Number of Telecom Targets Shrinks


NEW YORK -- Investors eyeing more telecom acquisitions after the Alltel Corp. buyout deal shouldn't hold their breath -- there is plenty of speculation, but not too many serious prospects.

The Alltel deal, in which the wireless carrier agreed to be sold to a pair of investment firms for $24.8 billion, has been widely anticipated since at least February, when the company said it was conducting a "strategic review."

The Little Rock, Ark.-based company is the country's fifth-largest wireless service provider, but its geographic network, or "footprint," is bigger than that of its heavyweight rivals.

Of the four bigger mobile service providers, three (AT&T, Verizon Wireless and T-Mobile) are owned by large telecom carriers. Only Sprint Nextel Corp. stands alone as a wireless-only business, and as such it has been the subject of buyout speculation on Wall Street. The company says it does not comment on rumors, and Comcast Corp., the cable company often cited as a potential buyer, has repeatedly denied its interest.

"I personally would be shocked to see Comcast buy Sprint," said SurTerre Research/Soleil Securities analyst Todd Rethemeier. "They don't need it."

Comcast already offers "triple-play," or bundled TV, phone and Internet services. But Rethemeier said few customers want wireless services added to the package.

"They see it as a separate product," he said.

With a market cap more than twice the size of Alltel's, Sprint may also be too big of a bite for potential buyers.

"While not inconceivable, we question whether private equity capacity could fund the deal," wrote Cowen and Co. analyst Thomas Watts in a note to investors.

A more likely takeover target could be Leap Wireless International Inc., a small, San Diego-based wireless service provider offering unlimited voice and data services for a flat rate, with no required contract.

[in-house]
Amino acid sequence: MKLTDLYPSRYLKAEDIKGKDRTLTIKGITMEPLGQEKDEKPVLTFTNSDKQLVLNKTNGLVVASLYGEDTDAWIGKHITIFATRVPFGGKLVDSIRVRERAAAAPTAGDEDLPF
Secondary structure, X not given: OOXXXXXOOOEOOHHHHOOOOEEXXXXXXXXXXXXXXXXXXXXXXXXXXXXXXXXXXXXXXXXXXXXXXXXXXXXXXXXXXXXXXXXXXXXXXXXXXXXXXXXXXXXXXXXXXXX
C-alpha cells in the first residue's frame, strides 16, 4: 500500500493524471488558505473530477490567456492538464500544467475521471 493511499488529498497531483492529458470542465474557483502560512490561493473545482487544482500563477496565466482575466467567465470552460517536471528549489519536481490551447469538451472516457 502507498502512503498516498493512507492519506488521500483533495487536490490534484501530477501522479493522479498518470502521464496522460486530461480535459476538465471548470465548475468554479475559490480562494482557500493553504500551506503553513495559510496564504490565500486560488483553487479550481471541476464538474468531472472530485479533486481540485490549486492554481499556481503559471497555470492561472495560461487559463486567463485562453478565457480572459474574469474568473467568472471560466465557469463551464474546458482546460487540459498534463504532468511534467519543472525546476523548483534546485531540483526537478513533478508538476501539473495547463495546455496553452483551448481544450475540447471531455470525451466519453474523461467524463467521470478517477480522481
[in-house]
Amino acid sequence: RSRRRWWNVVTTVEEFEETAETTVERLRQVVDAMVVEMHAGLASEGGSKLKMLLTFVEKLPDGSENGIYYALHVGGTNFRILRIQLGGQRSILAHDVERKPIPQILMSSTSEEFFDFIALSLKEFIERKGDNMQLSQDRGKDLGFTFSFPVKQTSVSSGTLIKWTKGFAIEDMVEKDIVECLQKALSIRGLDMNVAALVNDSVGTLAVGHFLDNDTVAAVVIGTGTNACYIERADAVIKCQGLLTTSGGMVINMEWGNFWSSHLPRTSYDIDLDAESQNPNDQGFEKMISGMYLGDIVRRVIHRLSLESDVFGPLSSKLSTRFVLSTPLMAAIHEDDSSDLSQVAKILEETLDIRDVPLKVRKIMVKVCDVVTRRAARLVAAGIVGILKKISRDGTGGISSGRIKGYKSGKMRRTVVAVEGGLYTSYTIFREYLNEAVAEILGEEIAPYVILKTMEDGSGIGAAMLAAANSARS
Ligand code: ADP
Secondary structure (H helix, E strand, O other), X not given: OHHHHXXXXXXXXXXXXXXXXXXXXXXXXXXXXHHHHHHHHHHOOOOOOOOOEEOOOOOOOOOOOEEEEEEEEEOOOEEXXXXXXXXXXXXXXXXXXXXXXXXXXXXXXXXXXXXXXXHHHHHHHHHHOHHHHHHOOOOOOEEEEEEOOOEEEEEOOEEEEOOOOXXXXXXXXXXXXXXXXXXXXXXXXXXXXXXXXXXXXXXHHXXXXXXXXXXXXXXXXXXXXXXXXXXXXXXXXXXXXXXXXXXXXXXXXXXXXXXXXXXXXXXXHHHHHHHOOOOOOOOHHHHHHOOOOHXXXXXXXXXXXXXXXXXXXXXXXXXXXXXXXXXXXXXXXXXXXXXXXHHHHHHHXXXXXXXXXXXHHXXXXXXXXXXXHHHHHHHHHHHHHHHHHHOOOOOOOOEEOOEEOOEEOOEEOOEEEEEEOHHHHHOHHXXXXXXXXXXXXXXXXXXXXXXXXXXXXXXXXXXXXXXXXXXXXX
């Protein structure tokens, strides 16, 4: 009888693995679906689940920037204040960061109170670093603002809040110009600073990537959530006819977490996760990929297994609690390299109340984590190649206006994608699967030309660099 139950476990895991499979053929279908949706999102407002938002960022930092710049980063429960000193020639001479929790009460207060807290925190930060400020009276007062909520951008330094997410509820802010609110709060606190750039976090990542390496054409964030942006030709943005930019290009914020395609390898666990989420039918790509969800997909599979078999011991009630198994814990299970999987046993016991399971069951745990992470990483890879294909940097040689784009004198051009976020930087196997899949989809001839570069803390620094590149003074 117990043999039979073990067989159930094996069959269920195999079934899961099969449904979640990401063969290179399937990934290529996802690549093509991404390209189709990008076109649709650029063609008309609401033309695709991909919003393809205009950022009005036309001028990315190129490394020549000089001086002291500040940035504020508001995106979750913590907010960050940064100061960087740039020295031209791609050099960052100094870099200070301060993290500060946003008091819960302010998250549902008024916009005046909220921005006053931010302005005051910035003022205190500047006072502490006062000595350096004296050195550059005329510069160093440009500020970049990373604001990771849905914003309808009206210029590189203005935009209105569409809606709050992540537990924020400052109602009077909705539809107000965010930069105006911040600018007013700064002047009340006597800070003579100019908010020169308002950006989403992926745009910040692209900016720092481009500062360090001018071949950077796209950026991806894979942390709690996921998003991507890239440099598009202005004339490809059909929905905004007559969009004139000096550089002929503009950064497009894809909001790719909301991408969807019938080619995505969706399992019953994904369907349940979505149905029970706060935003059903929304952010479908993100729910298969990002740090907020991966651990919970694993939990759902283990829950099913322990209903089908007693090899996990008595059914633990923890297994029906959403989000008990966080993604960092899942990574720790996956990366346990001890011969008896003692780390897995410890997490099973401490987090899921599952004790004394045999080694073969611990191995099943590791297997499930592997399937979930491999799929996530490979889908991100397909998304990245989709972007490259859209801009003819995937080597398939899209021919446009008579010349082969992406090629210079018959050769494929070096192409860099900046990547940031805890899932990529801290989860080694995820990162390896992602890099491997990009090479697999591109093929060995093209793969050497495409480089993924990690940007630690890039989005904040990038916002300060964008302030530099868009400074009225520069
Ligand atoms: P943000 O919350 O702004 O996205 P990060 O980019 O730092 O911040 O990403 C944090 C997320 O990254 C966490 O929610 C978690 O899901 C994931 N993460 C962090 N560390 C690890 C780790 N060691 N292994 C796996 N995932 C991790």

Rethemeier said MetroPCS Communications Inc., which went public in April, could arise as a possible buyer. The companies cater to the same market - people with imperfect credit - something larger carriers have more or less avoided. But the subprime market is growing, since, as Rethemeier put it, there aren't too many adults with good credit who don't already have a cell phone.

Dobson Communications Corp., which provides wireless service to about

1.7 million, mostly rural customers, would be an attractive target for either AT&T or T-Mobile, said Stanford Group analyst Michael Nelson. Both companies use Dobson's network to provide roaming service in areas they do not cover.

In contrast, tiny Rural Cellular Corp. may just be too small to bother. The company had just 715,632 customers at the end of March.

There may be more surefire deals brewing north of the border. BCE Inc., Canada's largest communications company, is in negotiations to be taken private. The company confirmed last week it began talks to be sold to Cerberus Capital Management LP and a group of Canadian investors. Cerberus recently agreed to buy 80 percent of Chrysler Corp. for $7.4 billion.

Goldman Sachs analyst recently highlighted BCE, Sprint and Telus Corp., another Canadian telecom carrier, as the "most logical other targets" among the companies he covers.

The analyst called the Alltel deal as "positive for the entire industry, but in particular, companies with majority wireless exposure."

He added that despite speculations, he is "highly skeptical that majority wireline companies in the U.S. would make good targets."

Copyright 2007, Associated Press

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Barbara Ortutay, Associated Pr
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